Basics Of Songwriting

This is a simple lesson designed to introduce beginners to basics of songwriting, and to show how it is done in general.

Ultimate Guitar
You may think, that I've put this lesson in the wrong category, but before you start developing a negative mindset, allow me to explain myself. For a beginner, a simplified version of a lesson may sometimes more benefit than a regular one. That's why this lesson is put here. Anyway, enough chit-chat. Time to learn. In general, there are 2 ways in which people write songs.

No.1 "Lyrics first, music second"

This way lyrics get written beforehand, and the music (guitars, bass, drums, etc) only after. Often, people consider this as the safest/best/easiest way to write a song, because then, you don't necessarily have to stick to only one mood, and when you have the lyrics ready, you know what they are written about, and you already have at least one musical "mood" that would fit them 100%.

No.2 "Music first, lyrics second"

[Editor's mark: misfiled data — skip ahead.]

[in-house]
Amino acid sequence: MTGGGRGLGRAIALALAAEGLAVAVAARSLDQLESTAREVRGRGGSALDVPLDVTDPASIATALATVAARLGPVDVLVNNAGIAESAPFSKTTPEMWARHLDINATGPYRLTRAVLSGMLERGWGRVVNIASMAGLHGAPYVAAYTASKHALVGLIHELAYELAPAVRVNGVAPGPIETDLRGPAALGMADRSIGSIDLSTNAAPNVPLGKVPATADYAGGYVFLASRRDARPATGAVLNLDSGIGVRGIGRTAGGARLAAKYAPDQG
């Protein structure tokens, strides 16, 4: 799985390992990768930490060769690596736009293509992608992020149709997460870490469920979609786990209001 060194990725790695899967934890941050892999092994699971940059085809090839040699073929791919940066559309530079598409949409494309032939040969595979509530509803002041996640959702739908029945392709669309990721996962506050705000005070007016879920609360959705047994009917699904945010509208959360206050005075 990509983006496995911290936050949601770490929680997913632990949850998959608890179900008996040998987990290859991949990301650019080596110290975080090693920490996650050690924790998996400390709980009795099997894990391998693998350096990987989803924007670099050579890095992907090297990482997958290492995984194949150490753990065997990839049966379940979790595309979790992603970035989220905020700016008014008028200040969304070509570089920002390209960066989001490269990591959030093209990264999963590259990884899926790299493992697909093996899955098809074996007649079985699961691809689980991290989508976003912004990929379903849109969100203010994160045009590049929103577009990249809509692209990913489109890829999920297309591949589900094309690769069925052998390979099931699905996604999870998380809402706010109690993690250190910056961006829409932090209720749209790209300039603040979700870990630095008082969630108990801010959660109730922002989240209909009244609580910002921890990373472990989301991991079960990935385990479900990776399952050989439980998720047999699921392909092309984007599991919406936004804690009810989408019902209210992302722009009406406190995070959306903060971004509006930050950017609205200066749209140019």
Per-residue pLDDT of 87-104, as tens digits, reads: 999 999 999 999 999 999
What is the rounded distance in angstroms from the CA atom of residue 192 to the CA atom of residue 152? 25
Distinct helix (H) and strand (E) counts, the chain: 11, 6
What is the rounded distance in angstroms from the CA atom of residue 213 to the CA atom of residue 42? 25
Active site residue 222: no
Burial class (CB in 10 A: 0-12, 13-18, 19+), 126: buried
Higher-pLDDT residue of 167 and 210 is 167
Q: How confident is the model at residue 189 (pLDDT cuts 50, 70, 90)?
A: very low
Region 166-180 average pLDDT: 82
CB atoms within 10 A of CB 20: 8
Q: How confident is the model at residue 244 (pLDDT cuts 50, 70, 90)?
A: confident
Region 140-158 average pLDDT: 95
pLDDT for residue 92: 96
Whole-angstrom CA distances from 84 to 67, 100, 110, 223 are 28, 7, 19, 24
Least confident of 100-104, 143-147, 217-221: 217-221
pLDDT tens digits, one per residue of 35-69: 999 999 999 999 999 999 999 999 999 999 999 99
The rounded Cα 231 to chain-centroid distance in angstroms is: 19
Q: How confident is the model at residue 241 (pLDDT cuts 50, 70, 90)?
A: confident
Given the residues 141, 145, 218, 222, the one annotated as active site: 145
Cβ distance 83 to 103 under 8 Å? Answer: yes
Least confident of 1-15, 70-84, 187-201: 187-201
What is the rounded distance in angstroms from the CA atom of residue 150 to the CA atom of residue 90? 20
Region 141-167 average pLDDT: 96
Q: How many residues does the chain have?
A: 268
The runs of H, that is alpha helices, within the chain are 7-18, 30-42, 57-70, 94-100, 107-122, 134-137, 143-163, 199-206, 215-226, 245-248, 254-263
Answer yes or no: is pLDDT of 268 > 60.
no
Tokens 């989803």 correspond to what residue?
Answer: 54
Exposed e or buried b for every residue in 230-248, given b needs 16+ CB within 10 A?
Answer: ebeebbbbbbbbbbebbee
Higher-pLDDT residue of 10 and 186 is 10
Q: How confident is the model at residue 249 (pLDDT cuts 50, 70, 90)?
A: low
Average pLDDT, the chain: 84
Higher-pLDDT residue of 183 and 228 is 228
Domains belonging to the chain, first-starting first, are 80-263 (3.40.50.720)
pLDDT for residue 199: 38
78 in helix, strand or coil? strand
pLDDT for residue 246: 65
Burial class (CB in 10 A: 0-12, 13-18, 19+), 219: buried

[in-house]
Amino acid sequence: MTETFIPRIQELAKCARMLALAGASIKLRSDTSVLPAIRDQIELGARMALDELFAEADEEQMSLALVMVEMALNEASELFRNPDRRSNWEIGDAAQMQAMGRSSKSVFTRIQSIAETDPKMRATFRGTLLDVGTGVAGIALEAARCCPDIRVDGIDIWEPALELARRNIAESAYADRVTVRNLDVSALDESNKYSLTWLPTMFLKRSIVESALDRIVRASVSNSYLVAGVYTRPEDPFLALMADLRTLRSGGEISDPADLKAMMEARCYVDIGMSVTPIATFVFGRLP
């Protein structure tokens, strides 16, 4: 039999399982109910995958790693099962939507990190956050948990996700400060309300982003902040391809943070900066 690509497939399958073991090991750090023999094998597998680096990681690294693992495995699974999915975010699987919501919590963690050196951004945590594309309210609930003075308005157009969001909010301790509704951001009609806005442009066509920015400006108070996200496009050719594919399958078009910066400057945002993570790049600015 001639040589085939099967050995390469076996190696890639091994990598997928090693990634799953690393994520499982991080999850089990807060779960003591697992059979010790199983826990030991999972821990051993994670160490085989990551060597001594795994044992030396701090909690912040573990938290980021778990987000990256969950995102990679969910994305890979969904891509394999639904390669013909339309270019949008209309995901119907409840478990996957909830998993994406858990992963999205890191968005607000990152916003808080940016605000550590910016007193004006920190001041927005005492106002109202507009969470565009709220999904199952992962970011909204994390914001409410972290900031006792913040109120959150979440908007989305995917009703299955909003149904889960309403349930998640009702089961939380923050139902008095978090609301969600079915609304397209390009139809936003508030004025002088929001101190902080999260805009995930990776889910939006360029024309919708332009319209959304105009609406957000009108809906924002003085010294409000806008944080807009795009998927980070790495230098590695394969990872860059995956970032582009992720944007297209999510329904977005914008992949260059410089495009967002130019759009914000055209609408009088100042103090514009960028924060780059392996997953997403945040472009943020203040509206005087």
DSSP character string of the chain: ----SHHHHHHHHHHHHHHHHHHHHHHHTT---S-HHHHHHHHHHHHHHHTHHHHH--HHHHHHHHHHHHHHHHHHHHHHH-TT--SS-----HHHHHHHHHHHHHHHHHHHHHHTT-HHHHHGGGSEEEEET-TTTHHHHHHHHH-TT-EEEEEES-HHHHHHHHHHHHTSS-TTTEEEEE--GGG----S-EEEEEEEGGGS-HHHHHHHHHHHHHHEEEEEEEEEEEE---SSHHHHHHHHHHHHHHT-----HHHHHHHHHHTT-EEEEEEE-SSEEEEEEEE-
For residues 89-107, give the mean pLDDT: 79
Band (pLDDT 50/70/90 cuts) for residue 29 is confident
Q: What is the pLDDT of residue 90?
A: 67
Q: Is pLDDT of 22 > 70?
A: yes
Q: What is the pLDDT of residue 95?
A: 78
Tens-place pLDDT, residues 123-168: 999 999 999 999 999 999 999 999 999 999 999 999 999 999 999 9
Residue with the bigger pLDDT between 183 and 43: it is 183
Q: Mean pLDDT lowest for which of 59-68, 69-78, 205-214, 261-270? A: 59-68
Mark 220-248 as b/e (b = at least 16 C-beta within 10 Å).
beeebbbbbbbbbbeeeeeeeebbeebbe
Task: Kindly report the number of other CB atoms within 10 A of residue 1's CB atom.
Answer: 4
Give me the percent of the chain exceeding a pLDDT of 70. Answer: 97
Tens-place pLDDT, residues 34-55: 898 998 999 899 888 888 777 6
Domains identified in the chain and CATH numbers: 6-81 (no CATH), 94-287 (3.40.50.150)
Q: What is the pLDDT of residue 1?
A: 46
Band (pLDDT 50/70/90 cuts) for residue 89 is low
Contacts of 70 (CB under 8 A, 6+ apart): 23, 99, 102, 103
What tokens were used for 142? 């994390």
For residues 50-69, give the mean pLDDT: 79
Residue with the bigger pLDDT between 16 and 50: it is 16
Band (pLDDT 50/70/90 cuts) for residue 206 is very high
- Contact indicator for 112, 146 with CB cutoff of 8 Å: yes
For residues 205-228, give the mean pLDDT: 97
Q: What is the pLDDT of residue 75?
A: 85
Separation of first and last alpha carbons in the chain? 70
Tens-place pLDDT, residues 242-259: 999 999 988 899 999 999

This way music gets written first, and lyrics get written later. Sometimes a riff (or any other musical motif) may come to your head without having any lyrics to it, and you may make a full song without any lyrics, and only then start thinking about what lyrics to add to it. A lot of musicians consider this way of songwriting harder, because then you (kinda)HAVE to write lyrics in an already chosen musical "mood", and sometimes your mind is going in the opposite direction (having a different mood, not wishing to write any lyrics, and so on), and you can't really write the lyrics. As you have noticed, these 2 ways deal with songs that have lyrics. But, there are also songs without lyrics (Or vice versa). Songs of this kind are called instrumentals (Or a-capella, if you are dealing with a song that consists only of lyrics). Despite some differences, these ways have some general things in common, which are the basics of songwriting. Those are:
  • The writing of lyrics;
  • Choice of scale (key) for the song (you may implement more than one in 1 song);